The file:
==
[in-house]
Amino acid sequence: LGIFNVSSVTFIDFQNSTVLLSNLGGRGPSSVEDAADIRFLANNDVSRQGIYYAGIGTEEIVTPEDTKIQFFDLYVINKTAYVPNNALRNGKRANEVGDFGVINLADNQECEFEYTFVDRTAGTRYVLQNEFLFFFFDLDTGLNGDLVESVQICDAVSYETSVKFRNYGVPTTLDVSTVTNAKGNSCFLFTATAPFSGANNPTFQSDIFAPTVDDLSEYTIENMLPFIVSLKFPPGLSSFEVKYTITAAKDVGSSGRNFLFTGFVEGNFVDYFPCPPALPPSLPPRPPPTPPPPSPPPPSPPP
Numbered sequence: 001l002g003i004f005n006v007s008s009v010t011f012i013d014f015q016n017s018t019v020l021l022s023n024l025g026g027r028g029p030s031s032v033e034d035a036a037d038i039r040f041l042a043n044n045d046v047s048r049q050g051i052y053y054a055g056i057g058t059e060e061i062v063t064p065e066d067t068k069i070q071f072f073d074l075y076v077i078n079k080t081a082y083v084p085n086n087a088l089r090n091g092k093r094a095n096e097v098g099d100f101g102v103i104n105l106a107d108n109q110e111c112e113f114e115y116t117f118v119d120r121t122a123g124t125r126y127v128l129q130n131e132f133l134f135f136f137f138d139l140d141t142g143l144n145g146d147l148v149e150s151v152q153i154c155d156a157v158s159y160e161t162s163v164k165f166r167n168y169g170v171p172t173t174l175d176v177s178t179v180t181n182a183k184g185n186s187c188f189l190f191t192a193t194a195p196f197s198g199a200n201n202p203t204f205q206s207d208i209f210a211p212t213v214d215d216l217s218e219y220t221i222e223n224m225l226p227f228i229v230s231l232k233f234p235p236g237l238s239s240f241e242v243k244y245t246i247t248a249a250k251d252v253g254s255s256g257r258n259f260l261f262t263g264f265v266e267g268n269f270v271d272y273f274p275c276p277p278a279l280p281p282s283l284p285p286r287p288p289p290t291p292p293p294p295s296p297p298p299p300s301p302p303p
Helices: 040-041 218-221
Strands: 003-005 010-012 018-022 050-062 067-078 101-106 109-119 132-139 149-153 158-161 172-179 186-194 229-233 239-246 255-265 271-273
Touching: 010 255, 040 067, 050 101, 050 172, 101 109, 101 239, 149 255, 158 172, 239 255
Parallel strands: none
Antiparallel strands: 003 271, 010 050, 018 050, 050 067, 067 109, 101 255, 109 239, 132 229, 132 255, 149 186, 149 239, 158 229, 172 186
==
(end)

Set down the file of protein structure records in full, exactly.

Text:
[in-house]
Amino acid sequence: LGIFNVSSVTFIDFQNSTVLLSNLGGRGPSSVEDAADIRFLANNDVSRQGIYYAGIGTEEIVTPEDTKIQFFDLYVINKTAYVPNNALRNGKRANEVGDFGVINLADNQECEFEYTFVDRTAGTRYVLQNEFLFFFFDLDTGLNGDLVESVQICDAVSYETSVKFRNYGVPTTLDVSTVTNAKGNSCFLFTATAPFSGANNPTFQSDIFAPTVDDLSEYTIENMLPFIVSLKFPPGLSSFEVKYTITAAKDVGSSGRNFLFTGFVEGNFVDYFPCPPALPPSLPPRPPPTPPPPSPPPPSPPP
Numbered sequence: 001l002g003i004f005n006v007s008s009v010t011f012i013d014f015q016n017s018t019v020l021l022s023n024l025g026g027r028g029p030s031s032v033e034d035a036a037d038i039r040f041l042a043n044n045d046v047s048r049q050g051i052y053y054a055g056i057g058t059e060e061i062v063t064p065e066d067t068k069i070q071f072f073d074l075y076v077i078n079k080t081a082y083v084p085n086n087a088l089r090n091g092k093r094a095n096e097v098g099d100f101g102v103i104n105l106a107d108n109q110e111c112e113f114e115y116t117f118v119d120r121t122a123g124t125r126y127v128l129q130n131e132f133l134f135f136f137f138d139l140d141t142g143l144n145g146d147l148v149e150s151v152q153i154c155d156a157v158s159y160e161t162s163v164k165f166r167n168y169g170v171p172t173t174l175d176v177s178t179v180t181n182a183k184g185n186s187c188f189l190f191t192a193t194a195p196f197s198g199a200n201n202p203t204f205q206s207d208i209f210a211p212t213v214d215d216l217s218e219y220t221i222e223n224m225l226p227f228i229v230s231l232k233f234p235p236g237l238s239s240f241e242v243k244y245t246i247t248a249a250k251d252v253g254s255s256g257r258n259f260l261f262t263g264f265v266e267g268n269f270v271d272y273f274p275c276p277p278a279l280p281p282s283l284p285p286r287p288p289p290t291p292p293p294p295s296p297p298p299p300s301p302p303p
Helices: 040-041 218-221
Strands: 003-005 010-012 018-022 050-062 067-078 101-106 109-119 132-139 149-153 158-161 172-179 186-194 229-233 239-246 255-265 271-273
Touching: 010 255, 040 067, 050 101, 050 172, 101 109, 101 239, 149 255, 158 172, 239 255
Parallel strands: none
Antiparallel strands: 003 271, 010 050, 018 050, 050 067, 067 109, 101 255, 109 239, 132 229, 132 255, 149 186, 149 239, 158 229, 172 186